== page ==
Accra Noir

"Accra is the perfect setting for noir fiction," writes Nana-Ama Danquah (Willow Weep for Me), Ghanaian American editor of this volume for Akashic Book's long-running Noir series. Hardly an endorsement for tourism, this spine-chilling 13-story collection offers an opportunity to "consider the context, beware of a pretext, search for a subtext" on living--and dying--in a major metropolis consumed by poverty and desperation.

Overlooked, underrepresented citizens exact their own due process in the opening and closing stories: the desperate literally feed the desperate in "Chop Money," and a woman punishes her ex-pat boyfriend--and his wife and children--in "Instant Justice." The powerful (mis)use their privilege in "Moon over Aburi," which reveals a policewoman who castrated a rapist, and "Tabilo Wuɔfɔ," in which a PTSD-addled former soldier commits horrific violence. Corpses divulge their own murders in "Shape-Shifters" and "The Boy Who Wasn't There." Infidelity turns fatal as a woman listens to one lover kill another in "Fantasia in Fans and Flat Screens"; a philanderer inspires poisonous revenge in "Intentional Consequences"; a suspicious husband kills in "When a Man Loves a Woman." "Trust No One" surely could be subtitles for "The Driver" who victimizes a pair of twins; "The Labadi Sunshine Bar," where youth usurps experience; "Kweku's House," in which the elderly suffer; and "The Situation," in which best friends lose all to a shared lover.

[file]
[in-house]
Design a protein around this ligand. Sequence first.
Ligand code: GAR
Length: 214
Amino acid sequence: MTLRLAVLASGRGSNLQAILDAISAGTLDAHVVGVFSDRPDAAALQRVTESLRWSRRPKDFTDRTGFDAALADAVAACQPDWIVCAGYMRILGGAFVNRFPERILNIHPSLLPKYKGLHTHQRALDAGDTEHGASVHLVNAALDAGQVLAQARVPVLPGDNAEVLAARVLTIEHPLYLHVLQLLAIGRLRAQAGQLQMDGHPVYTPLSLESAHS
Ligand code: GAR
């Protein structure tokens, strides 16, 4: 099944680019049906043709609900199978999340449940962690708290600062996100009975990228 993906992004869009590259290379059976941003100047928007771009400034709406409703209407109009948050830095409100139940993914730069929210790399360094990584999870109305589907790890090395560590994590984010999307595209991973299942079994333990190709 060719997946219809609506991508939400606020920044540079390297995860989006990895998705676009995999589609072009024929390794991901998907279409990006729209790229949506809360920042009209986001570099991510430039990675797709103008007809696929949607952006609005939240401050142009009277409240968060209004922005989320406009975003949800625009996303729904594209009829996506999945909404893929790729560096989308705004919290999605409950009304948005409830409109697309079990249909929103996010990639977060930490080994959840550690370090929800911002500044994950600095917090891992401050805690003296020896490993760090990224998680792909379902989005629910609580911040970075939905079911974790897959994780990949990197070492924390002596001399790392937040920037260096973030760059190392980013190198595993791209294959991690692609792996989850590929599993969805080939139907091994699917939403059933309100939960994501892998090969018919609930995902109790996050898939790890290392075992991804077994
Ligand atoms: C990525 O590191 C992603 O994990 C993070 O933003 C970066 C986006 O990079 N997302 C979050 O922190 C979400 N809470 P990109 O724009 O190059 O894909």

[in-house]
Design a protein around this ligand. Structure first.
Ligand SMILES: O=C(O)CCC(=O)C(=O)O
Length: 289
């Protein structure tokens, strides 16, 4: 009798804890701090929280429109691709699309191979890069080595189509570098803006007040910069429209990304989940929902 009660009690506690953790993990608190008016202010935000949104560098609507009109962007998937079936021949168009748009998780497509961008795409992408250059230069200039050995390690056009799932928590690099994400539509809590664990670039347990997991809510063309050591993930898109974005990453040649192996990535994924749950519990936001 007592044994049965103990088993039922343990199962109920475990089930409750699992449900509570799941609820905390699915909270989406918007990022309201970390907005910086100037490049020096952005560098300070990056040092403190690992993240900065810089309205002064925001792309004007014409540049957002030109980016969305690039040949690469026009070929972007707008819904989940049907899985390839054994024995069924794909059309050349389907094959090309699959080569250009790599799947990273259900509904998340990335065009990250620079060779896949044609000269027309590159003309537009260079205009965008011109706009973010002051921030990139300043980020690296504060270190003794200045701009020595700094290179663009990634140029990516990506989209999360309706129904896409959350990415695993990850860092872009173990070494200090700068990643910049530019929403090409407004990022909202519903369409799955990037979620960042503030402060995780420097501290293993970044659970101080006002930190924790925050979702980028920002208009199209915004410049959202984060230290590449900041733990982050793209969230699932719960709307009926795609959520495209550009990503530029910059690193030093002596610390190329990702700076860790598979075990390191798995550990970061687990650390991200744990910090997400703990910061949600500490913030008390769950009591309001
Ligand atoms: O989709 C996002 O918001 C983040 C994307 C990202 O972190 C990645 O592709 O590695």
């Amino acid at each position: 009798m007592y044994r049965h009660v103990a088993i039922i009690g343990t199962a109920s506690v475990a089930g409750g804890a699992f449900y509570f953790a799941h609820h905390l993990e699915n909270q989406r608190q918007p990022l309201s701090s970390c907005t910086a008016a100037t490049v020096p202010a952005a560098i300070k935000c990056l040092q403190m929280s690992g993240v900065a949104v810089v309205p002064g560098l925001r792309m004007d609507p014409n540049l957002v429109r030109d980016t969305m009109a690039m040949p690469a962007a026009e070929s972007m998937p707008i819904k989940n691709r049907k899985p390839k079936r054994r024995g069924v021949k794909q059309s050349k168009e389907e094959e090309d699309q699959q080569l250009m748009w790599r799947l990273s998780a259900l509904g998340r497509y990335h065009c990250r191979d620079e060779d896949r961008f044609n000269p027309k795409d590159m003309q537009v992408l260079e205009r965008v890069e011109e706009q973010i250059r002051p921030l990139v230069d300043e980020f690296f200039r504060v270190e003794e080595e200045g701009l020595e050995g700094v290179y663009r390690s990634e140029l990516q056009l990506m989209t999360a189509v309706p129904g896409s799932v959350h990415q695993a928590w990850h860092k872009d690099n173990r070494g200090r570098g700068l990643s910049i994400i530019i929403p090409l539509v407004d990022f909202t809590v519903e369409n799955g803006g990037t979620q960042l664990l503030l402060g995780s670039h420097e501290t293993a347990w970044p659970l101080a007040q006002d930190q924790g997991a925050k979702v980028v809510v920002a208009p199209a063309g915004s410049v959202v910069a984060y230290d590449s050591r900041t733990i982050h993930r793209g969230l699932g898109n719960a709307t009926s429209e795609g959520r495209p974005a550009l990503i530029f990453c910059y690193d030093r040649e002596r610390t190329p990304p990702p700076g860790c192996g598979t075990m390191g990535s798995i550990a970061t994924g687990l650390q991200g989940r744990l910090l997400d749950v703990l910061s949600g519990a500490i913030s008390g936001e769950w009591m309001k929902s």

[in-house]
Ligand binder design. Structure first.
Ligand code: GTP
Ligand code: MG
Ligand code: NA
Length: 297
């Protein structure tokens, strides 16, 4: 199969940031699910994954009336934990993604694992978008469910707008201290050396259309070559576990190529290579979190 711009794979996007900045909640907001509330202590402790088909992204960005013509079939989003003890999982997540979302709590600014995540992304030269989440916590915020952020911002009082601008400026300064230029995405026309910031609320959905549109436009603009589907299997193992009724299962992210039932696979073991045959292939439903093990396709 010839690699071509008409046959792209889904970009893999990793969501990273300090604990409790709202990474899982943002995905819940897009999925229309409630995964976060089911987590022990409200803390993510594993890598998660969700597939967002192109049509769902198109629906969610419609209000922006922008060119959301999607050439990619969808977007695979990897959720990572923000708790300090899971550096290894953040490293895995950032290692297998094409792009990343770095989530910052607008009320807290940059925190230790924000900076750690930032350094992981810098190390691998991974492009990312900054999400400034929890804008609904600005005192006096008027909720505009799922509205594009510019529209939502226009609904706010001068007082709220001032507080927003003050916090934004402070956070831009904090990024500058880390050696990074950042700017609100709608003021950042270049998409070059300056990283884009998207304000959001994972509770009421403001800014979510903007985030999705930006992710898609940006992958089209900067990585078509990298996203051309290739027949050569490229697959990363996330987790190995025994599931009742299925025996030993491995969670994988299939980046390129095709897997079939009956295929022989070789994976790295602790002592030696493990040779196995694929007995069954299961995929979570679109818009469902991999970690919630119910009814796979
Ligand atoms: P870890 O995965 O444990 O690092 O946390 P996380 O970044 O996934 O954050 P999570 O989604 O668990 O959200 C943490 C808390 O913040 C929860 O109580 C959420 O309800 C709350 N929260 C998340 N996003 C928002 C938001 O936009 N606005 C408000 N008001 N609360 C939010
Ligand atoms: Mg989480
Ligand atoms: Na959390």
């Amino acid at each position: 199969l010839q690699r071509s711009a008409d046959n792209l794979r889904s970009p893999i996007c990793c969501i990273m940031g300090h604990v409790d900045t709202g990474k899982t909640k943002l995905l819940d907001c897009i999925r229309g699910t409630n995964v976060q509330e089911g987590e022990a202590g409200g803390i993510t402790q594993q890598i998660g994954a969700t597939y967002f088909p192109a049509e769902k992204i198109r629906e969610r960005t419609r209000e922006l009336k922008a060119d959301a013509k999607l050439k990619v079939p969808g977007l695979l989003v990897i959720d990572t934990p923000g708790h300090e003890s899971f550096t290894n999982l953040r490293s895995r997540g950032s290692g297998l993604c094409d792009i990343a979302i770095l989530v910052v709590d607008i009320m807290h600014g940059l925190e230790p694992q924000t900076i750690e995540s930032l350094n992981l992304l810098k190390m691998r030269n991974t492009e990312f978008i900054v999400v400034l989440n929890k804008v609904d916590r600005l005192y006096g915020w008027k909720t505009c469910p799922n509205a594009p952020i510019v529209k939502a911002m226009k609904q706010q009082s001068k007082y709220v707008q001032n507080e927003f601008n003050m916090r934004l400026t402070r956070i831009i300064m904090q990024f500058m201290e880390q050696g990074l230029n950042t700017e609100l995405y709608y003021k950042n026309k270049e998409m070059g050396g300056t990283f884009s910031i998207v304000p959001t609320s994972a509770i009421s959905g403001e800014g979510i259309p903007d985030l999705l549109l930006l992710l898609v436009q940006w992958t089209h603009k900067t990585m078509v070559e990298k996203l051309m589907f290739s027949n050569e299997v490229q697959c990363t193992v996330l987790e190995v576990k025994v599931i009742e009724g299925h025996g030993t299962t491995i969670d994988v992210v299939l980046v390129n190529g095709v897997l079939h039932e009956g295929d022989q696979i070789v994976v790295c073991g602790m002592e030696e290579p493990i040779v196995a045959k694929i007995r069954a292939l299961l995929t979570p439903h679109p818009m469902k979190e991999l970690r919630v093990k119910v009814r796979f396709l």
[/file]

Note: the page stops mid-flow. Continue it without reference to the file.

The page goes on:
"Much like Accra, these stories are not always what they seem," Danquah warns. Interestingly, her literary roster includes an Irish ex-pat and a Parisian journalist. While an overwhelming bleak impression of Accra looms, the Ghanaian capital's inhabitants haunt long after the final page. --Terry Hong, Smithsonian BookDragon

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